As evidenced by most text books, general chemistry courses teach "outward" only to a limited extent. The reasons for including fewer "real-world" examples (i.e., less context) vary, but presumably relate to instructors wanting to "cover" more topics, trading depth for breadth. Another reason may be that instructors prefer to stay within the comfort zone of their scientific discipline and not venture into the wider societal (and less tidy) issues.
One notable exception in general chemistry is the textbook for nonscience majors, Chemistry in Context, a project of the American Chemical Society. Now going into its 5th edition, this text teaches chemistry through the real-world issues that face our society. Keeping with the example of nuclear chemistry, the nuclear chapter of Chemistry in Context opens with a discussion of the uranium pellets that fuel a commercial nuclear power reactor. The approach could be represented as follows:
Since its inception, Chemistry in Context has departed from the norm in two significant ways. First, it teaches inwards from an issue, rather than outwards from core principles. And second, it includes more layers of context than a typical general chemistry course. In fact, in 1999 Chemistry in Context was selected as one of the earliest of models for the SENCER project.
Uranium & American Indians utilizes the approach of Chemistry in Context, but departs from it in two ways. First, the course moves outward to the issues of nuclear weapons rather than those of nuclear power. Second, and more significantly, the course continues "outwards" until it reaches a community of people who were affected by the construction of nuclear weapons.
The issues raised in the book If You Poison Us led us outward to this higher degree of context. For example, where does the ore for one of the possible fissionable fuels (uranium-235) for nuclear weapons come from? Back during the Cold War, who mined it, milled it, processed it and where did this take place? And what happened (and is happening today) to these people and to the land on which they lived and worked? What public policies protected workers, their land and their communities? By asking questions such as these, the Navajo people who mined and milled the ore become intimately joined to chemical content.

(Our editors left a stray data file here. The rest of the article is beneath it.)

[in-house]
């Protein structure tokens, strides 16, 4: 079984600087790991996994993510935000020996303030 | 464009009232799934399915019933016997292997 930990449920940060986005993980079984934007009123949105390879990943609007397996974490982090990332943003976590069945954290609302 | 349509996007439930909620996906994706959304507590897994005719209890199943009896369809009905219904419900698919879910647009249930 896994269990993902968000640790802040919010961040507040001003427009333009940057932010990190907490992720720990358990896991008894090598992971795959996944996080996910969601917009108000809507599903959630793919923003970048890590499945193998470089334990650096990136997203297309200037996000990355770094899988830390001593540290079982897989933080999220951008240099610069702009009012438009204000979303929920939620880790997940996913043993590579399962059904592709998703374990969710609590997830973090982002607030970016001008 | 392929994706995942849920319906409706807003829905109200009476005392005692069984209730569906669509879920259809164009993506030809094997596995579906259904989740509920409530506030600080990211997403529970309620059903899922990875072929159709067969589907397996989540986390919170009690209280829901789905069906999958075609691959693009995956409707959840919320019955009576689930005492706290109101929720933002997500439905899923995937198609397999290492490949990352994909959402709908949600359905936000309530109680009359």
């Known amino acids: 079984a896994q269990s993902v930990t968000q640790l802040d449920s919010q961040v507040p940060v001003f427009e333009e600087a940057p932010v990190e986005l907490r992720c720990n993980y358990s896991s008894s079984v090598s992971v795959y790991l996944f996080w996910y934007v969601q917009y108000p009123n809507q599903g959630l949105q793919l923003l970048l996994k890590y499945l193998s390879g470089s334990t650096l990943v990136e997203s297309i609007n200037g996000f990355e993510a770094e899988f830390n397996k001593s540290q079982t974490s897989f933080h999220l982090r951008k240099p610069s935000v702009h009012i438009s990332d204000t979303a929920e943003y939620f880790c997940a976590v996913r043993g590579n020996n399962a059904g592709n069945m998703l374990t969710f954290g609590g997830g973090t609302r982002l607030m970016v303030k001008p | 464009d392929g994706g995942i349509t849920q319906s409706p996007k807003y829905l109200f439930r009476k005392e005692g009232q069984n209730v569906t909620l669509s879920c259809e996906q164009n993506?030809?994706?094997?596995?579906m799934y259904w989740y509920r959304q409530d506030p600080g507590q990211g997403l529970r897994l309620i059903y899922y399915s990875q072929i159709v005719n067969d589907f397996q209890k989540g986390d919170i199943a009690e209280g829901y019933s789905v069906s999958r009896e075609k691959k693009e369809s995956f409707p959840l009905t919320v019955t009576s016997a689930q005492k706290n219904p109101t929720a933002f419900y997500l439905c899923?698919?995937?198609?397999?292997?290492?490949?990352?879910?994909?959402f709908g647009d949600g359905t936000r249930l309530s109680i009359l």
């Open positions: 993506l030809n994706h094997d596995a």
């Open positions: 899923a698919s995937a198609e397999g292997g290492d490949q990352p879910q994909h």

Thus, by responding to the questions posed by a community of people and in turn moving outward from the discipline, a cultural and societal context becomes established. In so doing, ethnic communities claim a rightful place in the science curriculum. To fully understand the impact of nuclear fission, nuclear weapons, uranium mining and nuclear waste, the science behind these requires an understanding of the people involved and their culture. Likewise, for the people to undersatnd what happened to them and to their land, an understanding of the scientific principles is required.
This model, with science at the center, well represents the teaching of science through a capacious and complex issue. However, we realize its limitations. First, it is too simplistic, in that the teaching trajectory is far from linear. As you will see in the syllabus, we do start at the "outside" as with a film about the uranium miner, their land, and their deaths from lung cancer. To understand these deaths, we reach both inward towards scientific principles. But as the course progresses, the discussions move easily in both directions along the arrow. Thus, it might be better represented as:
Second, we realize that the model is
chemistry-centered, which is not true to the actual course dynamics
where the course content centered both on chemistry and Navajo
culture. To address this, we might use this alternate
Here, the issues of public policy are the
point of overlap between the issues facing a cultural group, and
the scientific principles related to these issues. This same
information is presented in more detail in the chart in the